|Illustration by Mark Satchwill|
It's Not Just a Job, It's an Adventure
Written by Katherine Tomlinson
Illustrated by Mark Satchwill
The job fair had only been open for an hour and Lindy McAuliffe was already ready to gnaw her own arm off to escape. It wasn’t just that the only people who were coming up to her table were pimply faced boys who were working as mall security guards and got hard at the thought of carrying a gun, it was just that the whole scene depressed her.
Her table was set up in the middle of a large-sized community room at a senior center that was jammed with job-seekers. The air was thick with the reek of desperation.
The woman at the table on her left was promoting a continuing education program at L.A. Valley College, the table on her right was manned by an executive from a fast-food franchise who told her that his sector of the service industry was booming.
She wasn’t surprised.
She wasn’t even surprised to see people in suits—and not just cheap suits—lining up to sign his clipboard and take his card.
She kept reading that the country’s economy was getting better, but if it was, the people in this room hadn’t gotten the memo.
She sighed as she saw a middle-aged man making his way toward her table.
“How you doing young lady?” he asked.
“Good morning sir,” she replied, emphasizing the “sir” slightly.
He smiled a little at that, as if he got the subtle dig at his age and appreciated it.
“Oh, I’m not here to sign up to be a peace officer,” he assured her. “Even if I were younger, I don’t think I have the right temperament.”
She smiled noncommittally, hoping the guy would move along to bother someone else.
“Do you enjoy your job?” he asked her.
“Yes sir I do.”
He nodded his head as if that confirmed some conclusion he’d already processed.
“You find it fulfilling then?”
“It’s very rewarding sir.”
He nodded again. “You like working with the public? Interacting with the citizens?”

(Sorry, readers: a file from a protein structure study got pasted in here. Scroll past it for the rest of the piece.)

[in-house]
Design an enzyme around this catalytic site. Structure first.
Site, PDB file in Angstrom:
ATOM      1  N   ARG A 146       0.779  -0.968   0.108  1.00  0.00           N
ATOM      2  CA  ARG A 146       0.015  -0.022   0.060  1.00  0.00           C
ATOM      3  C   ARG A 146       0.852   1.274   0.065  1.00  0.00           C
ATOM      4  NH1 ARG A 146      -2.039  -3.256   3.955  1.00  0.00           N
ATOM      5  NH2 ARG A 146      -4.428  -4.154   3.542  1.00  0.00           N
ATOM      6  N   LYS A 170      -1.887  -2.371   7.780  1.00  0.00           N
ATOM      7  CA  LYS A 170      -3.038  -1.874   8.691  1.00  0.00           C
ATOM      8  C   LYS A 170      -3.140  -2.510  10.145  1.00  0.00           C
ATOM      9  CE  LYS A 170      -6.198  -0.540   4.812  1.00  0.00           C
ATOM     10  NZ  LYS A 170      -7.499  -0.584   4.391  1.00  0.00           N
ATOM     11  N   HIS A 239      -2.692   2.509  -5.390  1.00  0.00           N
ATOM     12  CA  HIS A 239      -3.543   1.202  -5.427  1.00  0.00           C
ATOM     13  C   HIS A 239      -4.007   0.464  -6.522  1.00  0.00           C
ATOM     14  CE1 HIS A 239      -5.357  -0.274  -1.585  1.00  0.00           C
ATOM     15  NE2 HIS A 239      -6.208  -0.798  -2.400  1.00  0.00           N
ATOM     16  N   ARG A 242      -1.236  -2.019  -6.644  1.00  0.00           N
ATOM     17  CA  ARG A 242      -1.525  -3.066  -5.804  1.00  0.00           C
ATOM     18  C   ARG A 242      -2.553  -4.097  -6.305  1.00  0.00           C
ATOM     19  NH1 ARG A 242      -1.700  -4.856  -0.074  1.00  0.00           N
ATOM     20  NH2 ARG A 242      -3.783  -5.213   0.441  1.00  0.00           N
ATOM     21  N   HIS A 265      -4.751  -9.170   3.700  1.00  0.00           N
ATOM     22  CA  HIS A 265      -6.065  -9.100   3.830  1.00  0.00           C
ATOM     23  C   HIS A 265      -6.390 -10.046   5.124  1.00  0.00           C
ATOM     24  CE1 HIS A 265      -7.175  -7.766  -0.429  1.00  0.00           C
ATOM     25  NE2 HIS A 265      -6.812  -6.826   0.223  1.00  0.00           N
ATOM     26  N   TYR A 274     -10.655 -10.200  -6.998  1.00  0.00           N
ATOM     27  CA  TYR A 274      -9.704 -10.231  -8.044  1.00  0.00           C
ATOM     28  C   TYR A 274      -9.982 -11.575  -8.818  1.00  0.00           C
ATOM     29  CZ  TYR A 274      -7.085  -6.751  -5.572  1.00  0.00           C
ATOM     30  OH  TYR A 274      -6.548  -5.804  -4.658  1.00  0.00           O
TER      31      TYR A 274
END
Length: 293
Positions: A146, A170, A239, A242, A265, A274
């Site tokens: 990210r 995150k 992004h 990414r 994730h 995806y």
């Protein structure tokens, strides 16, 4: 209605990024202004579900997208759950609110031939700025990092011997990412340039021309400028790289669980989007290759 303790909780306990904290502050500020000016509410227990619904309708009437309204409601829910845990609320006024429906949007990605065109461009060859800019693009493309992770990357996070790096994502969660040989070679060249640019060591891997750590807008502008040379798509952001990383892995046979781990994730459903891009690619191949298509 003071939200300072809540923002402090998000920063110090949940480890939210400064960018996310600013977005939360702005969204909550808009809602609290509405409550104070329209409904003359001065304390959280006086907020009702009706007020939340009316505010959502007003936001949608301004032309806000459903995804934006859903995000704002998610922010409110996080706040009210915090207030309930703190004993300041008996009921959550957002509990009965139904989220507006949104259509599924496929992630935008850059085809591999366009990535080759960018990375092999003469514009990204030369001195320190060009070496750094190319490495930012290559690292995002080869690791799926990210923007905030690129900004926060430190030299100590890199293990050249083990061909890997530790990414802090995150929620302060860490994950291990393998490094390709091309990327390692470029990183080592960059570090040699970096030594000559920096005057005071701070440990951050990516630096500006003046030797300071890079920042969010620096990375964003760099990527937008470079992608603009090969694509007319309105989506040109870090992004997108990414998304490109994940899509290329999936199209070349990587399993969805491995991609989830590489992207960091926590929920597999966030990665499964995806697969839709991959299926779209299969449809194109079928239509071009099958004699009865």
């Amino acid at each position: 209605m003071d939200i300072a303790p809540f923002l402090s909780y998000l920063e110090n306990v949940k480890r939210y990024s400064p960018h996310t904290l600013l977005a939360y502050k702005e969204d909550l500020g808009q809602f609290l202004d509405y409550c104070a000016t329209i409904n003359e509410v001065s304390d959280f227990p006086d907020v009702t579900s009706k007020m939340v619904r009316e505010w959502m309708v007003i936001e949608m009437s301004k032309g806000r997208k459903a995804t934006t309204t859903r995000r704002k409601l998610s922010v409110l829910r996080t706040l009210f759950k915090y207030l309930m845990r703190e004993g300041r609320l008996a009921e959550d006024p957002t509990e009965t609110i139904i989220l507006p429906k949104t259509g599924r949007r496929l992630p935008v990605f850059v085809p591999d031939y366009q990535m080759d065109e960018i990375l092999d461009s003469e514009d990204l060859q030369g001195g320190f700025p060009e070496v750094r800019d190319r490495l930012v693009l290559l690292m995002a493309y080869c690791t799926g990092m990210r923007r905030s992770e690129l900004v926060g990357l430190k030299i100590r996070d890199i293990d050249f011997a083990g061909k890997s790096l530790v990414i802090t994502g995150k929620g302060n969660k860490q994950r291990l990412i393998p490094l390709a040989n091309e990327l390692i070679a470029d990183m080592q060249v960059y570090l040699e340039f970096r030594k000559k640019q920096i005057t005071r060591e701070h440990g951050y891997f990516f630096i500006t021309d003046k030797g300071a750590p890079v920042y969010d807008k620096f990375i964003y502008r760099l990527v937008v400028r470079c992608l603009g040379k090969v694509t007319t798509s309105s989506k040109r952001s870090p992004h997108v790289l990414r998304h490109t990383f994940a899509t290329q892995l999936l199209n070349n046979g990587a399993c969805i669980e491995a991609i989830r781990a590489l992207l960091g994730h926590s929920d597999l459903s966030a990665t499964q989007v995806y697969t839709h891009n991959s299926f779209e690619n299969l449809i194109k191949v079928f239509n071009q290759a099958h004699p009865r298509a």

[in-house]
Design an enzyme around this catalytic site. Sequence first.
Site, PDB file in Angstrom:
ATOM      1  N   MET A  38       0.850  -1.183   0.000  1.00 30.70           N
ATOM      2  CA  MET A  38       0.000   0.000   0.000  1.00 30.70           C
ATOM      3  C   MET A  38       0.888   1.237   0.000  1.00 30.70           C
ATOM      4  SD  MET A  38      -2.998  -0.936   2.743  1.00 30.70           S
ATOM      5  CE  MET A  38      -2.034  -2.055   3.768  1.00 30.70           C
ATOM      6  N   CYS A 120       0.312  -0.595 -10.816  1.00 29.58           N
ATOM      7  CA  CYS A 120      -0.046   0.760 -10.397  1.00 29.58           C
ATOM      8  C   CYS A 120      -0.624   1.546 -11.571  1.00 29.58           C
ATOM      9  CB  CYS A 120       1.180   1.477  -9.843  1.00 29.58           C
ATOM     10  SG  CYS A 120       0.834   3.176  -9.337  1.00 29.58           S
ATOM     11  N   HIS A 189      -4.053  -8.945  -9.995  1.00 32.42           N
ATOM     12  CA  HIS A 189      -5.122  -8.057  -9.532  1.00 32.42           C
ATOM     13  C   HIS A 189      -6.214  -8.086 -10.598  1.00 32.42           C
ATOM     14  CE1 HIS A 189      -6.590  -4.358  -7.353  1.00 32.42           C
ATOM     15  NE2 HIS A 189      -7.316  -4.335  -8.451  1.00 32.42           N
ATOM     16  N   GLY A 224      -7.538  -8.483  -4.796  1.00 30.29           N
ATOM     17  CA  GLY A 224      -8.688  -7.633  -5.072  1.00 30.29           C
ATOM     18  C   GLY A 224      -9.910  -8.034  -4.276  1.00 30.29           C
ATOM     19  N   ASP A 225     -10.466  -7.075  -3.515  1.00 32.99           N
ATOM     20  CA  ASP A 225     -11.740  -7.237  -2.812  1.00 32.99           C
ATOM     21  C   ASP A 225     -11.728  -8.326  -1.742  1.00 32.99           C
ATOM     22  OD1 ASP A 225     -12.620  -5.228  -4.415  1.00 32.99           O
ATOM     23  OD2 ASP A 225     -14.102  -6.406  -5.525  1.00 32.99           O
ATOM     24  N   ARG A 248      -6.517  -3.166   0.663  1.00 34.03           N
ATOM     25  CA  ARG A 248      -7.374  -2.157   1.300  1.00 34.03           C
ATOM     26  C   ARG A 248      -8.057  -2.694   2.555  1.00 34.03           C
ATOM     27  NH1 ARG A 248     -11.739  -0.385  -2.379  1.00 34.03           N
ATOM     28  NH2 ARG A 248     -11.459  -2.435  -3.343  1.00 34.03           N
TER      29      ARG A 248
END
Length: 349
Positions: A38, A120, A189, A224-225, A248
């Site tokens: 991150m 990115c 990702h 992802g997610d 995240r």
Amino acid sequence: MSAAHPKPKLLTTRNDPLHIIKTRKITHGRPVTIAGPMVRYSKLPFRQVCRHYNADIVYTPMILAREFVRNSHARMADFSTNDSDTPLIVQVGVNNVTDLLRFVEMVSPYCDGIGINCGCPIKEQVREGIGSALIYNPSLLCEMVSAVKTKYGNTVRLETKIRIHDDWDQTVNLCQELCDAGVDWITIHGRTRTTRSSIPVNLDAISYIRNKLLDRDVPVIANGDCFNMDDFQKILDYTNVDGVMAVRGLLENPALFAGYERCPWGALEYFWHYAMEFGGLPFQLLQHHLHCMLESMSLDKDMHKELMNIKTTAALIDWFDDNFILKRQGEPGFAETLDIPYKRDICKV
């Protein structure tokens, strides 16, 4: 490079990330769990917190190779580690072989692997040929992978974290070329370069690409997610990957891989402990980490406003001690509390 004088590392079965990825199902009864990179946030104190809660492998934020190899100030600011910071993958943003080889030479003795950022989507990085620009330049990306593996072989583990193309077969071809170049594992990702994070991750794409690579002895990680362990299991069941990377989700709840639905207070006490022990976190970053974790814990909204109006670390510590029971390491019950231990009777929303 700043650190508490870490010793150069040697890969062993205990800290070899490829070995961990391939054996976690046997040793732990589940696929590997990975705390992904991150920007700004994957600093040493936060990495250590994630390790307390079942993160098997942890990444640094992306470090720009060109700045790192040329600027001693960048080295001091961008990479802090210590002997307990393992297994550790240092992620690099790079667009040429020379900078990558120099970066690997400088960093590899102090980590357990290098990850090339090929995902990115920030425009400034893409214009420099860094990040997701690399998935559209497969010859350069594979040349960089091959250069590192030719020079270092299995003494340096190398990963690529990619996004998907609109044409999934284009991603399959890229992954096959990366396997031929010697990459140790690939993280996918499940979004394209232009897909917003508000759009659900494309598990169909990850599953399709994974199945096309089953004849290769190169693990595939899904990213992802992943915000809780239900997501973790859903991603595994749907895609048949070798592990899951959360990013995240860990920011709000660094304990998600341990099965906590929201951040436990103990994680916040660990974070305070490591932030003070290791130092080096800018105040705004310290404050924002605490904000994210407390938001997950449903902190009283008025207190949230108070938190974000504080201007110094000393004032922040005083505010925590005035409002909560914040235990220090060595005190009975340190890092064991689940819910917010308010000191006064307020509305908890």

“Yes,” she said, “I do.”
Except when people waste my time with stupid questions, she thought.
“Well, that’s good,” he said. “It’s good to have a job you like.”
Lindy smiled at him again, hoping it didn’t look strained.
As if he could read her mind, the guy gave her a jaunty two-fingered salute.
“You have a good day Officer McAuliffe,”
“You too sir,” she said.
“Hi,” said the next person in line, a pimply teenager who had clearly stopped by on his way to his mall guard job because he was already wearing his gray uniform.
“Good morning,” Lindy said, wondering how tall the kid was.
Back in her dad’s day, you had to be 5’8” if you wanted to be a cop but around the time she was graduating from grade school they’d relaxed that rule. Nowadays there were no minimum height requirements, which was how she’d made the grade at only a few inches over five feet.
She had to watch her weight though. The rules said your weight had to be proportionate to your height and that wasn’t always easy given the junk-food lunches she was always grabbing on the fly.
“I hear starting salary for a cop is like $50,000,” the kid said.
He saw her wince and misunderstood the reason for her reaction.
“I mean, for a police officer.”
That hadn’t been the reason she’d winced. “Cop” was what she called herself. “Cop” was better than what a lot of people called her.
“There’s a range of compensation,” she said. “A lot depends on your experience, military service, education…”
She trailed off when she saw that her answer excited him.
“I’ve been working in the security field for two years now,” he said, turning his skinny arm toward her so she could read the patch on his shoulder.
“I can see that,” she said.
“I know your company,” she added.
He beamed at her, puffing up his concave chest.